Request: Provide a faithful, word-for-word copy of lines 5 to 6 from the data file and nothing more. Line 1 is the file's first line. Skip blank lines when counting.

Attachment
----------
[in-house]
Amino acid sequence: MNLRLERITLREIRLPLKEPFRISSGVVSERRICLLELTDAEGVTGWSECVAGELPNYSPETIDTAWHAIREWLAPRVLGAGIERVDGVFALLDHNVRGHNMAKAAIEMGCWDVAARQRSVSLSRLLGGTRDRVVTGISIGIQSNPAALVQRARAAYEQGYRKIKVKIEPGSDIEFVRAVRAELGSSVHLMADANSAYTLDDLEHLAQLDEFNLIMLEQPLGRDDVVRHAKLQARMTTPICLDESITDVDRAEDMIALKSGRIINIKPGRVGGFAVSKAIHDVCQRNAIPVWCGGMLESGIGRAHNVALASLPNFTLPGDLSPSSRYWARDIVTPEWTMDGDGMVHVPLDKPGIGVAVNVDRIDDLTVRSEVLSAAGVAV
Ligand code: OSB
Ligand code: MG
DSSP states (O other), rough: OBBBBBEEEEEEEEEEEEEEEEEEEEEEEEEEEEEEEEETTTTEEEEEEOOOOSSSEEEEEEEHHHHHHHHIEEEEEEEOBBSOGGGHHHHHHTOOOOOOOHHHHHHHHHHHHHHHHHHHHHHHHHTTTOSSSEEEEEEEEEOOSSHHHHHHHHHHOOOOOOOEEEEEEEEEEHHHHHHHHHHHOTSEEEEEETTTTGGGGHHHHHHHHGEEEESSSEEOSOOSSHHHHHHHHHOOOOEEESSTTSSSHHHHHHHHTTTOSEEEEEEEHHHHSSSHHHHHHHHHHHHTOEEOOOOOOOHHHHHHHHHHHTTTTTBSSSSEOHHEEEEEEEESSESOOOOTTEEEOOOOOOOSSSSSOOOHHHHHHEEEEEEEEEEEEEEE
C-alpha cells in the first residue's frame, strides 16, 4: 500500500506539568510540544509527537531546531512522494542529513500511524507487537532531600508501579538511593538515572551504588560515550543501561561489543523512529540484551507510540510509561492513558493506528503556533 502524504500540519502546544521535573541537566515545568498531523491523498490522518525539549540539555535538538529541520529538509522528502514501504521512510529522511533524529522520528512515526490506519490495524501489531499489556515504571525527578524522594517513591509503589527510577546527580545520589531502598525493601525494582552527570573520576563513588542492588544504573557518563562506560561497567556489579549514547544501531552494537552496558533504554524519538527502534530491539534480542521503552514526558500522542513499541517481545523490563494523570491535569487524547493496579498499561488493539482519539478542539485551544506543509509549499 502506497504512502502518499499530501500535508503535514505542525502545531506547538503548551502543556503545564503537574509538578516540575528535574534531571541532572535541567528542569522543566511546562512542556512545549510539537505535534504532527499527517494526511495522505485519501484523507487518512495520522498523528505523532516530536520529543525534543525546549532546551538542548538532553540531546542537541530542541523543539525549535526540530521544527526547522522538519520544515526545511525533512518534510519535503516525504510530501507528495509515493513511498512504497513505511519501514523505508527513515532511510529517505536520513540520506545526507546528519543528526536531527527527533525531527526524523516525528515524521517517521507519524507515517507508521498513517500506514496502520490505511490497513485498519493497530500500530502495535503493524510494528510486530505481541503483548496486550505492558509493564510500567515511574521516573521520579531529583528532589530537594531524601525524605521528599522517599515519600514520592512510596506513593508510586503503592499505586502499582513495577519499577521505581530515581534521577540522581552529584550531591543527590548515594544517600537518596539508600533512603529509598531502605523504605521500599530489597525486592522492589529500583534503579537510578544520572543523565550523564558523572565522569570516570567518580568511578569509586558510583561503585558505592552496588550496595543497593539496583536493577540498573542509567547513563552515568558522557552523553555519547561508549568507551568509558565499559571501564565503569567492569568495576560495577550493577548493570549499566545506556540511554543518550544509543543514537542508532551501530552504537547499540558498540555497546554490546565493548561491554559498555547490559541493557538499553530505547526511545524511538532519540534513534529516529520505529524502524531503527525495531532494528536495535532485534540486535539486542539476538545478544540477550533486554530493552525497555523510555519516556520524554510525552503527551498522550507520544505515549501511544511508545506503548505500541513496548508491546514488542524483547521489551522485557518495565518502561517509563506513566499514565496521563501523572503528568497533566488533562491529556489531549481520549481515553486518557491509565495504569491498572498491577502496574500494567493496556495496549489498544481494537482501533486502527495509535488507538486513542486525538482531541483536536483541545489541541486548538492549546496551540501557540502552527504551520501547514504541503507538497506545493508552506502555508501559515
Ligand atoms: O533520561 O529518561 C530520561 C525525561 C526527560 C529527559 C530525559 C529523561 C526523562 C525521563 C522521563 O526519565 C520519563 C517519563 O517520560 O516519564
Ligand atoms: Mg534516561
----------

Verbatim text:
DSSP states (O other), rough: OBBBBBEEEEEEEEEEEEEEEEEEEEEEEEEEEEEEEEETTTTEEEEEEOOOOSSSEEEEEEEHHHHHHHHIEEEEEEEOBBSOGGGHHHHHHTOOOOOOOHHHHHHHHHHHHHHHHHHHHHHHHHTTTOSSSEEEEEEEEEOOSSHHHHHHHHHHOOOOOOOEEEEEEEEEEHHHHHHHHHHHOTSEEEEEETTTTGGGGHHHHHHHHGEEEESSSEEOSOOSSHHHHHHHHHOOOOEEESSTTSSSHHHHHHHHTTTOSEEEEEEEHHHHSSSHHHHHHHHHHHHTOEEOOOOOOOHHHHHHHHHHHTTTTTBSSSSEOHHEEEEEEEESSESOOOOTTEEEOOOOOOOSSSSSOOOHHHHHHEEEEEEEEEEEEEEE
C-alpha cells in the first residue's frame, strides 16, 4: 500500500506539568510540544509527537531546531512522494542529513500511524507487537532531600508501579538511593538515572551504588560515550543501561561489543523512529540484551507510540510509561492513558493506528503556533 502524504500540519502546544521535573541537566515545568498531523491523498490522518525539549540539555535538538529541520529538509522528502514501504521512510529522511533524529522520528512515526490506519490495524501489531499489556515504571525527578524522594517513591509503589527510577546527580545520589531502598525493601525494582552527570573520576563513588542492588544504573557518563562506560561497567556489579549514547544501531552494537552496558533504554524519538527502534530491539534480542521503552514526558500522542513499541517481545523490563494523570491535569487524547493496579498499561488493539482519539478542539485551544506543509509549499 502506497504512502502518499499530501500535508503535514505542525502545531506547538503548551502543556503545564503537574509538578516540575528535574534531571541532572535541567528542569522543566511546562512542556512545549510539537505535534504532527499527517494526511495522505485519501484523507487518512495520522498523528505523532516530536520529543525534543525546549532546551538542548538532553540531546542537541530542541523543539525549535526540530521544527526547522522538519520544515526545511525533512518534510519535503516525504510530501507528495509515493513511498512504497513505511519501514523505508527513515532511510529517505536520513540520506545526507546528519543528526536531527527527533525531527526524523516525528515524521517517521507519524507515517507508521498513517500506514496502520490505511490497513485498519493497530500500530502495535503493524510494528510486530505481541503483548496486550505492558509493564510500567515511574521516573521520579531529583528532589530537594531524601525524605521528599522517599515519600514520592512510596506513593508510586503503592499505586502499582513495577519499577521505581530515581534521577540522581552529584550531591543527590548515594544517600537518596539508600533512603529509598531502605523504605521500599530489597525486592522492589529500583534503579537510578544520572543523565550523564558523572565522569570516570567518580568511578569509586558510583561503585558505592552496588550496595543497593539496583536493577540498573542509567547513563552515568558522557552523553555519547561508549568507551568509558565499559571501564565503569567492569568495576560495577550493577548493570549499566545506556540511554543518550544509543543514537542508532551501530552504537547499540558498540555497546554490546565493548561491554559498555547490559541493557538499553530505547526511545524511538532519540534513534529516529520505529524502524531503527525495531532494528536495535532485534540486535539486542539476538545478544540477550533486554530493552525497555523510555519516556520524554510525552503527551498522550507520544505515549501511544511508545506503548505500541513496548508491546514488542524483547521489551522485557518495565518502561517509563506513566499514565496521563501523572503528568497533566488533562491529556489531549481520549481515553486518557491509565495504569491498572498491577502496574500494567493496556495496549489498544481494537482501533486502527495509535488507538486513542486525538482531541483536536483541545489541541486548538492549546496551540501557540502552527504551520501547514504541503507538497506545493508552506502555508501559515